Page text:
Fighting Famine

Fighting Famine

Photo: AFP PHOTO /

Tens of millions of people are in need of humanitarian assistance as a result of man-made crises in South Sudan, Nigeria, and Yemen - all of which are driven by violent conflict - and Somalia, where ongoing conflict is compounding the effects of severe and prolonged drought. These crises are forcing people to flee within and beyond their country borders, disrupting agricultural production and livelihoods, and severing families from their social support systems. Ongoing violence - including deliberate attacks on civilians and relief workers - continues to prevent aid from reaching those most in need.

The United States is one of the largest donors of humanitarian assistance in all four crises. The assistance we provide includes: emergency food and nutrition assistance, safe drinking water, life-saving medical care, and shelter for those who have been displaced, both internally and as refugees, as well as protection for civilians. The United States is also supporting health, sanitation and hygiene services to help stop the spread of preventable disease - a leading cause of death during food crises.

Our assistance represents the best of America's generosity and goodwill, while improving our national security by strengthening relationships with nations and people around the world. We will continue to work with our international and local partners to provide the life-saving aid needed to avert famine and to support surrounding countries, mitigating the impact of these crises.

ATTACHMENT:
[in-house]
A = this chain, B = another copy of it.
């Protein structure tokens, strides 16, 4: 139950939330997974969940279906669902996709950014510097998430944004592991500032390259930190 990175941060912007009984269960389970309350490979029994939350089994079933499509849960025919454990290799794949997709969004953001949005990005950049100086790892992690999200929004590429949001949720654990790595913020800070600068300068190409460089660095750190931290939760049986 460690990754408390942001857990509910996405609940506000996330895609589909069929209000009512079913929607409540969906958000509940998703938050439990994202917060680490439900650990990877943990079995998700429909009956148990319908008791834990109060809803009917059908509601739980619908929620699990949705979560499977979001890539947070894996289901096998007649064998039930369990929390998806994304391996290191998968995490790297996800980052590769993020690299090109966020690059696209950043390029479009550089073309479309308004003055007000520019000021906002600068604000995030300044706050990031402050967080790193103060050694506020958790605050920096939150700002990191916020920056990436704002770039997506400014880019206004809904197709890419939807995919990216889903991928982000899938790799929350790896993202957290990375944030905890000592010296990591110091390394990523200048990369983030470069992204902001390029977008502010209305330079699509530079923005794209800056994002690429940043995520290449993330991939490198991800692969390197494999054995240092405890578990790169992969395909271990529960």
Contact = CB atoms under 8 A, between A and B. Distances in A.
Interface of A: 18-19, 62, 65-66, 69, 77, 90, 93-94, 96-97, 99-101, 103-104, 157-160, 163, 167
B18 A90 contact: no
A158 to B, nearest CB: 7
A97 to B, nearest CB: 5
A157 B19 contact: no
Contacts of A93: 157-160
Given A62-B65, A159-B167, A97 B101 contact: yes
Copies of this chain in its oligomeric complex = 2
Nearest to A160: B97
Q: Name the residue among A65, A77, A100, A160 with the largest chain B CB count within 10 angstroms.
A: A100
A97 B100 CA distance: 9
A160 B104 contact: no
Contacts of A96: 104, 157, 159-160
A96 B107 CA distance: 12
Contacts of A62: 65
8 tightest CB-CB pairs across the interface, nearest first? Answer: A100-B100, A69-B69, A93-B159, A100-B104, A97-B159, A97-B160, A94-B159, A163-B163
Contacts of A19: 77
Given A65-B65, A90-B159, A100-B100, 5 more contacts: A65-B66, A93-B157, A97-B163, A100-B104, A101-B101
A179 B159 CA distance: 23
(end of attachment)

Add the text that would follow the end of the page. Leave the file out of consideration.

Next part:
Last updated: September 25, 2017

September 22, 2017

During the September 18–22 UN General Assembly in New York, USAID Administrator Green announced nearly $54 million in additional FY 2017 funding for the humanitarian response in Nigeria, including nearly $28.9 million in USAID/OFDA funding, more than $22.7 million in USAID/FFP funding, and $2.4 million in State/PRM funding.

September 15, 2017

Health actors, including U.S Government (USG) partners, continue to scale up health and water, sanitation, and hygiene (WASH) activities in response to the cholera outbreak in northeastern Nigeria’s Borno State. Between mid-August and September 13, health authorities recorded more than 1,900 suspected and confirmed cases, including 44 associated deaths, in Borno’s capital city of Maiduguri and Dikwa and Monguno local government areas (LGAs), according to the Borno State Ministry of Health (SMoH).

September 11, 2017

As of September 7, health agencies had recorded more than 629,000 suspected cholera cases and 2,061 related deaths since the outbreak resurged in late April, according to USAID/OFDA partner the UN World Health Organization (WHO). While the number of weekly cholera cases in Yemen declined between early July and mid-August, WHO reported a slight increase in the total number of weekly cases during the weeks of August 14 and August 21—the first increase in approximately six weeks

September 5, 2017

In July, relief organizations recorded the highest number of monthly humanitarian access incidents in South Sudan since 2016, underscoring the arduous operating environment. USAID/FFP partner the UN World Food Program (WFP) has reached 4.2 million unique beneficiaries in South Sudan to date in 2017, exceeding the UN agency’s total beneficiaries in 2016. In July alone, WFP reached 2.9 million beneficiaries, the highest number of registered people assisted in the country in a one-month period since 2011.

September 1, 2017

Health officials confirm cases of cholera in northeastern Nigeria’s Borno State. Insecurity and inclement weather exacerbate existing food and nutrition needs in the Lake Chad Basin. Flooding in Niger affects nearly 60,000 people, primarily near the Nigerian border

Pages